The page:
You Must Be Born Again
Today I give to you my 3'rd encouragement to plan on attending this series of sermons on John's Gospel at Immanuel Chapel beginning Sunday September 4, 2011.
Reason #3: Our eternal destiny depends upon a new birth. This is a foreign concept to many of us. In this world virtually anything can be obtained by talent, time or money. Heaven, however, is not for sale. Admission cannot be bought by you or me. Naturally, we are all a bit like Nicodemus in John 3, and expect to gain entrance to heaven by good works, kind deeds and religious ceremonies. Or worse, we suppose that ultimately everyone gets to heaven, given enough time, in this life or the next. But Jesus says “you must be born again (John 3:7).”
Let me briefly remind you of Nicodemus’ advantages. We read of them in John 3:1 “There was a man of the Pharisees named Nicodemus, a ruler of the Jews.”
Nicodemus was in a privileged position:
· He had a good name: “Nicodemus!” His name means “Conqueror of the people.” Wow. Impressive.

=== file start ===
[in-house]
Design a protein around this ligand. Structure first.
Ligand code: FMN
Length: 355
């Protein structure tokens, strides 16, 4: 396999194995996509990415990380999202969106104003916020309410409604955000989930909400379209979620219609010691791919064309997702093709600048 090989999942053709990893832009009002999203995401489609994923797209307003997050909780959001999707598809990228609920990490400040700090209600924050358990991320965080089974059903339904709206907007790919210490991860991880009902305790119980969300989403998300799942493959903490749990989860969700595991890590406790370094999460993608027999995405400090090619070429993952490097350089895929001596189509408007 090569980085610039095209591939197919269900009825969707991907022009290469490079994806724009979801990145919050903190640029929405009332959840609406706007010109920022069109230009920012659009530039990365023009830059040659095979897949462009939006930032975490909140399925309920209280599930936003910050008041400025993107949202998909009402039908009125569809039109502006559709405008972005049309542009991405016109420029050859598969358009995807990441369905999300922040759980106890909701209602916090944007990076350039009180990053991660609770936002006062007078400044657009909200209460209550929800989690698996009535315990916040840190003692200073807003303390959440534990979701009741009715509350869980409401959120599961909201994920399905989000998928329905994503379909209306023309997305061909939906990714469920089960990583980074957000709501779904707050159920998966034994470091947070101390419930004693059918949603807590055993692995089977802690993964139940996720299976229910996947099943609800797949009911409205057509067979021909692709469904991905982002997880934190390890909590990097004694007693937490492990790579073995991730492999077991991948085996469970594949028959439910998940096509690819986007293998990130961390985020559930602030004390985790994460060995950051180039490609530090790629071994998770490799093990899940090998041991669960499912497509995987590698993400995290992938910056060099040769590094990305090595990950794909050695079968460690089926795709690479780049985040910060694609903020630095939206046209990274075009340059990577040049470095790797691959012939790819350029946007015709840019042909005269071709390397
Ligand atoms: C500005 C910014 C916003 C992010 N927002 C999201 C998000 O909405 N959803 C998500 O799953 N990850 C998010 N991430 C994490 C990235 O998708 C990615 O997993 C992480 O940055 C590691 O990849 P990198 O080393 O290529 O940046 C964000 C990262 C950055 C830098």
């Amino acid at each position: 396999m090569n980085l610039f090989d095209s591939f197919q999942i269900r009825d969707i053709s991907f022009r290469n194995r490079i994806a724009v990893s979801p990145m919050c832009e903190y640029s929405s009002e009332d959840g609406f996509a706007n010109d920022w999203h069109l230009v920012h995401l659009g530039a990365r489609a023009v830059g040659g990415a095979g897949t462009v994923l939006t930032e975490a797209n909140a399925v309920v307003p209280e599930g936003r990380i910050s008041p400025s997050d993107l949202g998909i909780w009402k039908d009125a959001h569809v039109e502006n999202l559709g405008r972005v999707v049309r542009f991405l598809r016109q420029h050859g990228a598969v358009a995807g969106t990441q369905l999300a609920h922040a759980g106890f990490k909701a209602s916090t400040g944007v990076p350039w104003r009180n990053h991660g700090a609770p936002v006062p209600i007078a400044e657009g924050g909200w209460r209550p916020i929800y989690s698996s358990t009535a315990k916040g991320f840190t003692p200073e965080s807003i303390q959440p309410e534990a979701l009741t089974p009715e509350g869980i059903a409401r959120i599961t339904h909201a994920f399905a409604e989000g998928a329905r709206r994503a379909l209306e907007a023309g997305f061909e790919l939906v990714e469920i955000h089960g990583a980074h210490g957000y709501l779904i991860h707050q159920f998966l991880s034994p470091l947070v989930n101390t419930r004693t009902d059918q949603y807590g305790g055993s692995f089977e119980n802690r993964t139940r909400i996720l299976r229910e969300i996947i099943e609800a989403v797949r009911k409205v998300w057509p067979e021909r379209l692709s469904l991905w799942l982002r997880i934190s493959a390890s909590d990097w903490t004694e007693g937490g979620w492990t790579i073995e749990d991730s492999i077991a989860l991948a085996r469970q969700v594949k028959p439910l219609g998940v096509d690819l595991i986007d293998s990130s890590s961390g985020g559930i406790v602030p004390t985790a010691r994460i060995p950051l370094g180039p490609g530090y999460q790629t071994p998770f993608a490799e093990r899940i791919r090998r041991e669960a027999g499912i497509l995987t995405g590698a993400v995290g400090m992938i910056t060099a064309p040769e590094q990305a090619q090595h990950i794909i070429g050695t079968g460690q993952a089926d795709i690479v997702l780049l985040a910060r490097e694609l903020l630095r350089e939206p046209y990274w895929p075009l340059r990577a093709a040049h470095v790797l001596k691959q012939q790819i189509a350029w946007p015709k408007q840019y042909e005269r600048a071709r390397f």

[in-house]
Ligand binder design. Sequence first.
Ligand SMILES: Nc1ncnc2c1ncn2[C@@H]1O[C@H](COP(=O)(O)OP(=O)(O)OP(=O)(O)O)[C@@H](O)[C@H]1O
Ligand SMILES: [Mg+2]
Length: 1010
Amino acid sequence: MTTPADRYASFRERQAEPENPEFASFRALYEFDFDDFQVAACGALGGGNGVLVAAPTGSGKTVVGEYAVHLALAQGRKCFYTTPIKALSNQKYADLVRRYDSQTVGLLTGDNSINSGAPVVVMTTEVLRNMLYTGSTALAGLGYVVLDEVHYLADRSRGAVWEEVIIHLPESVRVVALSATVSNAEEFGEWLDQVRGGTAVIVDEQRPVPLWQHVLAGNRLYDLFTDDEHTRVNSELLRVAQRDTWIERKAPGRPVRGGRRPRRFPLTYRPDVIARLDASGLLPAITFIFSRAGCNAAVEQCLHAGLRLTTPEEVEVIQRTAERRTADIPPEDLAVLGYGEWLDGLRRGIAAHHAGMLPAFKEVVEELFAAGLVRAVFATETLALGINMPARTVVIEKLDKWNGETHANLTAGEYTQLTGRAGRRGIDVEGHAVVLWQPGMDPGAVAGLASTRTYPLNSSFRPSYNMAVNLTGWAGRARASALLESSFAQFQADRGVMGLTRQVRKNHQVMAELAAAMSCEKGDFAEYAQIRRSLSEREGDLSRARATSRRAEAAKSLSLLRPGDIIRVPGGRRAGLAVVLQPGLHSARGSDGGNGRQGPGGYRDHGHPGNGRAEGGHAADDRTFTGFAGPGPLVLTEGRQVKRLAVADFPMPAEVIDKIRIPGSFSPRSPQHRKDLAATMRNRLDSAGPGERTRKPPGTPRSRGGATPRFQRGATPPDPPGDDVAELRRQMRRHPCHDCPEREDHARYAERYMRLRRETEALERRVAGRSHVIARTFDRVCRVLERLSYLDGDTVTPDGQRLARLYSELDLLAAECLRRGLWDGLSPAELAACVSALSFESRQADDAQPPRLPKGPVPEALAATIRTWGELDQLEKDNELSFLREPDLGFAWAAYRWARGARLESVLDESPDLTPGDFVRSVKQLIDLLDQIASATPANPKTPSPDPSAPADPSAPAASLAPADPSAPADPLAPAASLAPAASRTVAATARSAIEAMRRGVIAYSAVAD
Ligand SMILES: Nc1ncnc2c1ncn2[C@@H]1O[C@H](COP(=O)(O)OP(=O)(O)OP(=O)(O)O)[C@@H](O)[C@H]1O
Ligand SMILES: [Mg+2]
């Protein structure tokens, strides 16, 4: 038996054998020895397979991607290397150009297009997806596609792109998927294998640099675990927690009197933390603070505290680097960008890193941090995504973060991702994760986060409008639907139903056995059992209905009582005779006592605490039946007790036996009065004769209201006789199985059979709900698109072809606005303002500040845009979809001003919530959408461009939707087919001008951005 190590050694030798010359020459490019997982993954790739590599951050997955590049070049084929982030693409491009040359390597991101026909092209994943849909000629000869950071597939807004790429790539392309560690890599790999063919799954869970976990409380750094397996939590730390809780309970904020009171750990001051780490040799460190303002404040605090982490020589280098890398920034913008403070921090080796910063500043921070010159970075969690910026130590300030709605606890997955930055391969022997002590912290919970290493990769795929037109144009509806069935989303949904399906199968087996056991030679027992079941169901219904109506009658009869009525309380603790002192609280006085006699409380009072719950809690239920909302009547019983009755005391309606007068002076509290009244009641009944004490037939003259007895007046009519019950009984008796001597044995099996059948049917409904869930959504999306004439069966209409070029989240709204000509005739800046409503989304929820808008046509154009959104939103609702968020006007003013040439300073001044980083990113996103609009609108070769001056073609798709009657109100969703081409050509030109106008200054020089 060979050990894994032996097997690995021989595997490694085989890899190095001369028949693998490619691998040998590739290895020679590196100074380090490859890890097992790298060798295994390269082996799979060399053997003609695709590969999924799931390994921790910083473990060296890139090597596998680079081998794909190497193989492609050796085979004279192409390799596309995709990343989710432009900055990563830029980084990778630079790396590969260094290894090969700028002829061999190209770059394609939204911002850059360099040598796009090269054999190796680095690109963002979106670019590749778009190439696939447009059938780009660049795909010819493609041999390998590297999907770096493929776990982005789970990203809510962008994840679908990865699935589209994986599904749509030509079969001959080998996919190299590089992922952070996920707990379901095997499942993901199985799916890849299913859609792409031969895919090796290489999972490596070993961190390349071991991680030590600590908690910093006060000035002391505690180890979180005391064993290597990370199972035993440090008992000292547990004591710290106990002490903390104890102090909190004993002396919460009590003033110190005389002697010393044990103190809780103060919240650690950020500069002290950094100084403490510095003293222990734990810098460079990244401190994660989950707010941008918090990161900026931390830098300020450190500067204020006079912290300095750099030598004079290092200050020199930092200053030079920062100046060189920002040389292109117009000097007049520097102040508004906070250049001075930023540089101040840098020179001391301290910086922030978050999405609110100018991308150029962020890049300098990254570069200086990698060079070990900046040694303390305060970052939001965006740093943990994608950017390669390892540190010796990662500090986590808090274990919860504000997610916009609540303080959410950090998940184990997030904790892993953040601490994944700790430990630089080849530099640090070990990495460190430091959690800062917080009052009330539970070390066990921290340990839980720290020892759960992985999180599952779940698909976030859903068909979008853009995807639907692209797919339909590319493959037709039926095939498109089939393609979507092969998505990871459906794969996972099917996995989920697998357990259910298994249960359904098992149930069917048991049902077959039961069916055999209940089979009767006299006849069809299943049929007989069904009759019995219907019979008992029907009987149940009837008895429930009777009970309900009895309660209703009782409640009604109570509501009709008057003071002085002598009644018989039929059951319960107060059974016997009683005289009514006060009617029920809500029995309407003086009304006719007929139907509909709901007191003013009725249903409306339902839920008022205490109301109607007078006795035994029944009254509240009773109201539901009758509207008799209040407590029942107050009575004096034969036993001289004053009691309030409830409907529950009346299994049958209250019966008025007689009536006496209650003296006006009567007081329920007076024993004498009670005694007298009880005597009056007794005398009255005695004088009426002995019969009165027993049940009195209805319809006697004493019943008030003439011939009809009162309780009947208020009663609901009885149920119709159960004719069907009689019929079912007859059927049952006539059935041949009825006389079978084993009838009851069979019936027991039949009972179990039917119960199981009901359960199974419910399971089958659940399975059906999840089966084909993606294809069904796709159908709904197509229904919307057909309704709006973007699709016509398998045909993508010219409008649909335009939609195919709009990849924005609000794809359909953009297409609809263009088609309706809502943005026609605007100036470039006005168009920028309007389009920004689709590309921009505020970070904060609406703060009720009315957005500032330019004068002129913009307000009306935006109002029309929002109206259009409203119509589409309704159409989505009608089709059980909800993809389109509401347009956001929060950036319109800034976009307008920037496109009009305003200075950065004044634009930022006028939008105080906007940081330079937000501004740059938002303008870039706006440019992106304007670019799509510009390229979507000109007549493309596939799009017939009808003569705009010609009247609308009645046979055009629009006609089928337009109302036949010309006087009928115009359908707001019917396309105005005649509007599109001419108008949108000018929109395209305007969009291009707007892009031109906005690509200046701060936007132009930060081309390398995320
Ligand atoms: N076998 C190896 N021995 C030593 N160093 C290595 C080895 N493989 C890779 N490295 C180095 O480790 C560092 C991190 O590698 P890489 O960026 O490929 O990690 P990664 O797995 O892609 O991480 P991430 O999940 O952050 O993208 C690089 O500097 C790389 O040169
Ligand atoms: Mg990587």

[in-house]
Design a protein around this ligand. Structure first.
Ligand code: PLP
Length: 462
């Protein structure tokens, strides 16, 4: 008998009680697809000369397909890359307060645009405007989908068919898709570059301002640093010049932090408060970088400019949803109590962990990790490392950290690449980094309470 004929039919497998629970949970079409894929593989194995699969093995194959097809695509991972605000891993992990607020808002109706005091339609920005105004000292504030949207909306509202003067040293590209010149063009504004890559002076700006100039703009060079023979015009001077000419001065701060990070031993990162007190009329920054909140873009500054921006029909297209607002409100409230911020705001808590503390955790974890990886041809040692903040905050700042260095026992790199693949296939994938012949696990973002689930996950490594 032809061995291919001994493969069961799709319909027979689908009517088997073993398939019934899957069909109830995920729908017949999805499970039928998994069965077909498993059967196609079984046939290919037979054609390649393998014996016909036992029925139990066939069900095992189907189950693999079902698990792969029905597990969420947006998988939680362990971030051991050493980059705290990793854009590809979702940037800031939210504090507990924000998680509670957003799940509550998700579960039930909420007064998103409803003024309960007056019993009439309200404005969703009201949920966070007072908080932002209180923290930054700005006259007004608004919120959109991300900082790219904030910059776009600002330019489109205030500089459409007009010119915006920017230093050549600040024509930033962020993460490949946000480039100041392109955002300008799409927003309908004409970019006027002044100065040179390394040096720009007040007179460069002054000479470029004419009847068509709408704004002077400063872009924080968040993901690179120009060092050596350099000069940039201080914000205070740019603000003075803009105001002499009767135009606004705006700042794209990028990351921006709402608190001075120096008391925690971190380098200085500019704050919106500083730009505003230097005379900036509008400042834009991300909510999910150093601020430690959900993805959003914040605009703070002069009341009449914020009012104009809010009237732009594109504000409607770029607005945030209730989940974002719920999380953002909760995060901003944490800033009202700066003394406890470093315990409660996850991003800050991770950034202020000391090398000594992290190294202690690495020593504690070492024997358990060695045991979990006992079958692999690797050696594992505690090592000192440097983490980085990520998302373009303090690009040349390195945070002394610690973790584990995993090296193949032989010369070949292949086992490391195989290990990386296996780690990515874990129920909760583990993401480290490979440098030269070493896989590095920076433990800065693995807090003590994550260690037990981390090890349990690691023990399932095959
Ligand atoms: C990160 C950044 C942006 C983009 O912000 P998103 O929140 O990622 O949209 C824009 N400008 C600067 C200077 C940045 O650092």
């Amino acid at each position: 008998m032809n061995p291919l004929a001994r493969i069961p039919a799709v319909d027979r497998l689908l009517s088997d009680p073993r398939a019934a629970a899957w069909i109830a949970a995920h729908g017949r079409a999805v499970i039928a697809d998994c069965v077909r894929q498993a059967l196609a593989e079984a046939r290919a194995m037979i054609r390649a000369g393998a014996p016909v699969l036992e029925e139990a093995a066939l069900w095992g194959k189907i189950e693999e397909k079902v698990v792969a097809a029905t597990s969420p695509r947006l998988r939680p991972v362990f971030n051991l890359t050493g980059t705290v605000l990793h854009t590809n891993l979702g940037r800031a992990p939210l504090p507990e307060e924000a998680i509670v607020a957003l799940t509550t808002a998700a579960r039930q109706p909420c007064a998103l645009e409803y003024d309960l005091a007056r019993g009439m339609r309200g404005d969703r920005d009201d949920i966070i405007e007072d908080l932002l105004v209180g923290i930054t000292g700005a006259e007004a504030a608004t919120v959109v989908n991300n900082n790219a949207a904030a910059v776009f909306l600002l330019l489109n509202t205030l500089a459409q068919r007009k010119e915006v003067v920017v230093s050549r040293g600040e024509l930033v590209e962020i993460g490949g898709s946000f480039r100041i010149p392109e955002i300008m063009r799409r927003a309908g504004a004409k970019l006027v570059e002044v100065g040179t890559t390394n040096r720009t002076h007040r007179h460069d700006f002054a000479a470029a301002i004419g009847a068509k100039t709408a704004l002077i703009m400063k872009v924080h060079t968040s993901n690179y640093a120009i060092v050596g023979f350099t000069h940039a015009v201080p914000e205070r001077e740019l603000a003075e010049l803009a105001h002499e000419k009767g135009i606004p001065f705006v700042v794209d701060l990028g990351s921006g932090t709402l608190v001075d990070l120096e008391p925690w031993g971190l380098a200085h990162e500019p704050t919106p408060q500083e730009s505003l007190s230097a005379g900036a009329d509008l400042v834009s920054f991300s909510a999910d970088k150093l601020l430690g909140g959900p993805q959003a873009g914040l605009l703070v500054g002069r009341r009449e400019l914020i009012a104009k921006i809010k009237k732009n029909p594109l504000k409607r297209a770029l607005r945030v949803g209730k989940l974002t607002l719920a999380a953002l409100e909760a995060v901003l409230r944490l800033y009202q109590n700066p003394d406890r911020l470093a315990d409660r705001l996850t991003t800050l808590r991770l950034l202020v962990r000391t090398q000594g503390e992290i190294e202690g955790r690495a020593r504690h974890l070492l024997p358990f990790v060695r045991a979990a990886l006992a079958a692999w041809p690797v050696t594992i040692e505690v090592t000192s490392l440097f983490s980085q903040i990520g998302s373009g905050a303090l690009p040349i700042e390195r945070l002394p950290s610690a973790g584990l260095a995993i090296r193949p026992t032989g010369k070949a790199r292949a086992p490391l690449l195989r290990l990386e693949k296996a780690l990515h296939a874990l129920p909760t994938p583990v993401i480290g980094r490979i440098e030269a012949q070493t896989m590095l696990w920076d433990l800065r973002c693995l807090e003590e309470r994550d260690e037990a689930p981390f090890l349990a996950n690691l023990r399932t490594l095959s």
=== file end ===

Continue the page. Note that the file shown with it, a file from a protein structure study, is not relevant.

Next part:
· He had the right parents: He was a “Jew!” He was born, therefore, with a great spiritual heritage.
· He had excellent training: He was a “Pharisee.” He was trained in the Scriptures and respected.
· He had significant power: He was a “ruler of the Jews.”
But neither a good name, nor good parents, nor religious training nor power were enough to save Nicodemus according to Jesus Christ. “You must be born again.”
Have you been born again? The Gospel of John does not allow us to place our hope for heaven anywhere but in Jesus Christ Himself. John 3 contains what may be the most famous verse in the Bible: “For God so loved the world that He gave His only begotten Son, that whoever believes in Him should not perish but have eternal life (John 3:16).” There are 2 things in this verse that are shocking. First – the extent of God’s love. He gave His Son for sinners! Being a father myself, I cannot fathom this. Second – the fact that many will miss it. Jesus said “the light has come into the world, and men loved darkness rather than the light, because their deeds were evil (John 3:19).”
I entreat you not to miss this series. But even more than that, I entreat you not to miss the love of God. In the end, it appears Nicodemus was conquered by the loving grace of God. At Jesus’ burial we find him there attending to the body of his Savior: “And Nicodemus, who at first came to Jesus by night, also came, bringing a mixture of myrrh and aloes, about a hundred pounds.” Dear reader – maybe now is the time for you to stop depending on your religion, your name or any process you have gone through – and turn in faith to Jesus Christ.